“Well this is awkward,” said Will Riker.
“How so?” asked his wife Deanna.
Captain Will Riker cocked his head and looked at his Betazoid bride.
“Well it’s not every day you lead a memorial service for yourself and your crew,” said Will Riker.
“But it wasn’t us,” said Deanna.
“What, because they’re from an alternative parallel?” asked Will.
“Yes, while their life had some similarities there were other important differences,” replied Deanna.
“Like their children?” asked Will.
“Certainly the fact they have three children compared to our Tasha shows an underlying difference, and indeed Doctor Ra-Havreii says their Titan has other technology differences,” said Deanna.
“So you’re saying since they lived different lives, their deaths shouldn’t matter to us, that I should put the few surviving orphan children of that other Titan into care?” said Will Riker.
“No, of course not Imzadi, I’m shocked you think I would even suggest that but you need to step backward and dissociate yourself from that other Will Riker and his USS Titan,” said Deanna.
“Just treat them like any other dead Federation ship?” asked Will.
“That might help Imzadi,” said Deanna.
“I thought the Titan was a true family, I thought you believed in that, but if we can write off a whole alternative Titan, then aren’t we also just another starship also?” said Will.
Before Deanna could answer that retort the comm. system beeped to announce the start of the memorial service for the alternative USS Titan.
“We’ll talk further later, Imzadi,” said Will and he walked through the door to the stage. Deanna exited via another door from the side room and walked over to take a seat in the front row by Tuvok and Christine Vale, as Will stood up to the podium.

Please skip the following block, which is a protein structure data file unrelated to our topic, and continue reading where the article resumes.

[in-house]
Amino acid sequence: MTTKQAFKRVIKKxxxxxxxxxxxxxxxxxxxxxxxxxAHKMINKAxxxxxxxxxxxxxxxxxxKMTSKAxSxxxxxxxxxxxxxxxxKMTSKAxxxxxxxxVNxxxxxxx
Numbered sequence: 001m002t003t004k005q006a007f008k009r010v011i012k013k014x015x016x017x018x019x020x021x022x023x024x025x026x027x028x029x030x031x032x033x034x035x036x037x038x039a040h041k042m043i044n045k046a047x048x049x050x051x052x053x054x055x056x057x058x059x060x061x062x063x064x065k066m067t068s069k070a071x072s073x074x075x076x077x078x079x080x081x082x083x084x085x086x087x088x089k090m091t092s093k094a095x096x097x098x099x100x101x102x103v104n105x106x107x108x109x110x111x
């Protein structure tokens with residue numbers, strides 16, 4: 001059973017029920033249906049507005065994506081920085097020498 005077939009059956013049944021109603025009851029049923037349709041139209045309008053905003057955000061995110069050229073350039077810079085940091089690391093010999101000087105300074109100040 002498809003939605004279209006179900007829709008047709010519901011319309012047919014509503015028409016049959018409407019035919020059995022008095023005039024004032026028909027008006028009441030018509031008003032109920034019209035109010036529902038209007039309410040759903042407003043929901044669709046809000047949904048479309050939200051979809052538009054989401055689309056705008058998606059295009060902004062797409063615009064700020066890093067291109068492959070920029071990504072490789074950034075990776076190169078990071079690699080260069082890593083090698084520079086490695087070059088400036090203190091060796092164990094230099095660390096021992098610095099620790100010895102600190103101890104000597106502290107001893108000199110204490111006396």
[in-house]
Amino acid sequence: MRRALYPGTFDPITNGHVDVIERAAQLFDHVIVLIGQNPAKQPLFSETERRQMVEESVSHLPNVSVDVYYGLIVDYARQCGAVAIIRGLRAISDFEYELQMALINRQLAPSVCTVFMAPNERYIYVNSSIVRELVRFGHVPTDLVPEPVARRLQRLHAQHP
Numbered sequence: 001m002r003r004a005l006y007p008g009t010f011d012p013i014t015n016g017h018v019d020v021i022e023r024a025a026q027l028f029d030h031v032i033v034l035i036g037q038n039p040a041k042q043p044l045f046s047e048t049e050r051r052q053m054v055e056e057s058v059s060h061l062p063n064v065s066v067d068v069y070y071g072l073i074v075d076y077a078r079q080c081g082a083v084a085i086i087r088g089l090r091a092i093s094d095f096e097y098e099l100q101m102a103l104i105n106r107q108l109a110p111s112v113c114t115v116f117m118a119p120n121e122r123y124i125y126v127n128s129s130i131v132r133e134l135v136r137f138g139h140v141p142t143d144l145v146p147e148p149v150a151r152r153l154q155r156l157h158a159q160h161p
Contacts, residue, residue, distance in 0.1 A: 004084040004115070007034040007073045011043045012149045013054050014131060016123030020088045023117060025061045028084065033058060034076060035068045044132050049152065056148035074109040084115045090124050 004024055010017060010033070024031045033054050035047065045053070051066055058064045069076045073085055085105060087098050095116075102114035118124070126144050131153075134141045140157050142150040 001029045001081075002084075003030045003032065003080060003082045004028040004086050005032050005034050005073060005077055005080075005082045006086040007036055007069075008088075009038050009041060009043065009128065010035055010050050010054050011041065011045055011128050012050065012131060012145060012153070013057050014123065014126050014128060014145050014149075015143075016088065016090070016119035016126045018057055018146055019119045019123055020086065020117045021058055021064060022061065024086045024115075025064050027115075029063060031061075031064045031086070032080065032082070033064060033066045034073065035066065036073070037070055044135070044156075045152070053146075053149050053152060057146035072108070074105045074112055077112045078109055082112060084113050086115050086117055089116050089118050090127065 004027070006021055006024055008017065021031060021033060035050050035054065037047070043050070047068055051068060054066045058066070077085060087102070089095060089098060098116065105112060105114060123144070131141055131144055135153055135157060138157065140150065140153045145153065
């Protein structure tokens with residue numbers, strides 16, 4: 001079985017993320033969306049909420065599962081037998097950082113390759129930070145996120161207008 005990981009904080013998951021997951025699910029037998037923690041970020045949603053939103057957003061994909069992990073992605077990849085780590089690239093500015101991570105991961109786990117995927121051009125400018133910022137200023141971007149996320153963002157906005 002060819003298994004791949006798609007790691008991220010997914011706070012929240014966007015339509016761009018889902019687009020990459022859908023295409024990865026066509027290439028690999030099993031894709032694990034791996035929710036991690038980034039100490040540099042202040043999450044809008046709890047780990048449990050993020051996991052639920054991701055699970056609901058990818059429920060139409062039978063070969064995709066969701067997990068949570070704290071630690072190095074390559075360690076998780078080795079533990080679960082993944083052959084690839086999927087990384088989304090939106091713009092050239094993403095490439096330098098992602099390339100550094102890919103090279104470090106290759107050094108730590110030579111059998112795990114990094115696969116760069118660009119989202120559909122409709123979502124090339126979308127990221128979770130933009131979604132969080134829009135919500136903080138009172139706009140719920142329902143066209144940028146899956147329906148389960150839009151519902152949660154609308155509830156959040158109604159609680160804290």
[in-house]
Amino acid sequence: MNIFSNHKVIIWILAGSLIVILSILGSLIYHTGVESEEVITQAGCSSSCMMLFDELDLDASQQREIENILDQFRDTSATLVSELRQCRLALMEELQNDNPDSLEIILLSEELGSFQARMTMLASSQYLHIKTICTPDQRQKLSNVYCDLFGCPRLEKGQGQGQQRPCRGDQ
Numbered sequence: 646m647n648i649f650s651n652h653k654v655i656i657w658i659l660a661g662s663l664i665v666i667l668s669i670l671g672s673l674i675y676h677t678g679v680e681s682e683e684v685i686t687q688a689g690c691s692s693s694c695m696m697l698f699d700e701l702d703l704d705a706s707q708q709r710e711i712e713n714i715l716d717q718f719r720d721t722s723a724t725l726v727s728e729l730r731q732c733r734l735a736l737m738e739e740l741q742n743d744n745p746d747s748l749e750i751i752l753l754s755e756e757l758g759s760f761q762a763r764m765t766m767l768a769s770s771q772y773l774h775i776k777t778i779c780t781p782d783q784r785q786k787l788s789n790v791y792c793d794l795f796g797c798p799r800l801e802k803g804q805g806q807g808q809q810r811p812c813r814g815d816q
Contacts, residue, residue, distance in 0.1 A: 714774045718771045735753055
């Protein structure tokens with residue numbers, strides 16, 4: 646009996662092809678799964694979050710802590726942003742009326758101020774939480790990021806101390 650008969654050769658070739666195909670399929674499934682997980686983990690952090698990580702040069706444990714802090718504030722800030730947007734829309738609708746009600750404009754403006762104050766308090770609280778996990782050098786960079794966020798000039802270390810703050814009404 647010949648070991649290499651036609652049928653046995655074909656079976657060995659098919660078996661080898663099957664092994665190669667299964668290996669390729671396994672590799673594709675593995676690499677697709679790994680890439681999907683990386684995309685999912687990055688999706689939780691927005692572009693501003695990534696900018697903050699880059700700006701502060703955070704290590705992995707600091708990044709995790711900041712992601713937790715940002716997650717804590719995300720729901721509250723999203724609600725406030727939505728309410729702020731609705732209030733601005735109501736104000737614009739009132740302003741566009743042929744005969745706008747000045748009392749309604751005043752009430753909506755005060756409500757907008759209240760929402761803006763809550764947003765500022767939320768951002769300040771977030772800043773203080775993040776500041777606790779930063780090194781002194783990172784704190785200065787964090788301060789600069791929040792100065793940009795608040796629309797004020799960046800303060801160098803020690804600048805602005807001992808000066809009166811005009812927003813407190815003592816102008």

Will put his hands on the edge of the podium and looked over the room at the various races that made up the members of his crew. Here and there he saw some of the handful of survivors of the other Titan sitting in the room. The only person he saw sitting next to himself was his Pahkwa-thanh chief medical officer Doctor Ree.
“Colleagues of both USS Titans, we are gathered here to remember the federation Starfleet vessel USS Titan. Though this vessel as I’ve been told so many times, was not from our universe, it was a Starfleet vessel whose crew were as close as family to each other as we are. While I might not know that version of us to give them a proper sent off, I do know them well enough to say that when given the choice of getting home or helping us save our Federation from the Chilo, they chose to help us defeat the Chilo. In doing so they made the ultimate sacrifice and in doing so they upheld the highest traditions of any Starfleet.”
Will let that statement hang in the air over the room. He looked around the room before continuing.
“Watching that Titan sacrifice itself for us, made me proud once more to be your captain, for I know if the roles and choices had been reversed, we would have made the same choice for the same reason,” said Will.
Deanna felt the pride roll off her husband.
“Now we find a small number of survivors to incorporate into our crew as we can’t return them home. While they may find our technology and our history different, I hope they can find we are as welcoming and as good of a family as the one they lost today, for as one of their children said to me, ‘We all Titanese here,’” said Captain Riker.
Deanna felt the mood change in the room as that statement settled in. The sombre mood seemed now to be lifted up by pride at being Titanese.
“So my fellow Titanese family, I ask you to stand for the final salute to the best starship and crew of any Starfleet,” said Will.
Deanna, like the rest of the room, rose to her feet.
“My family, I give you the USS Titan, The pride of any Starfleet,” said Will.
Will gave a nod to one of the junior crew who raised a bugle and started to play taps.
Deanna suddenly understood her husband’s mood better and why he was so determined to keep their other selves’ children. ‘If you are a Titanese you always have a home on this USS Titan.’
Story Notes: Thanks to Little black Dog for the Beta Check and her helpful guidance in getting this old Weekly Free Write up onto the archive.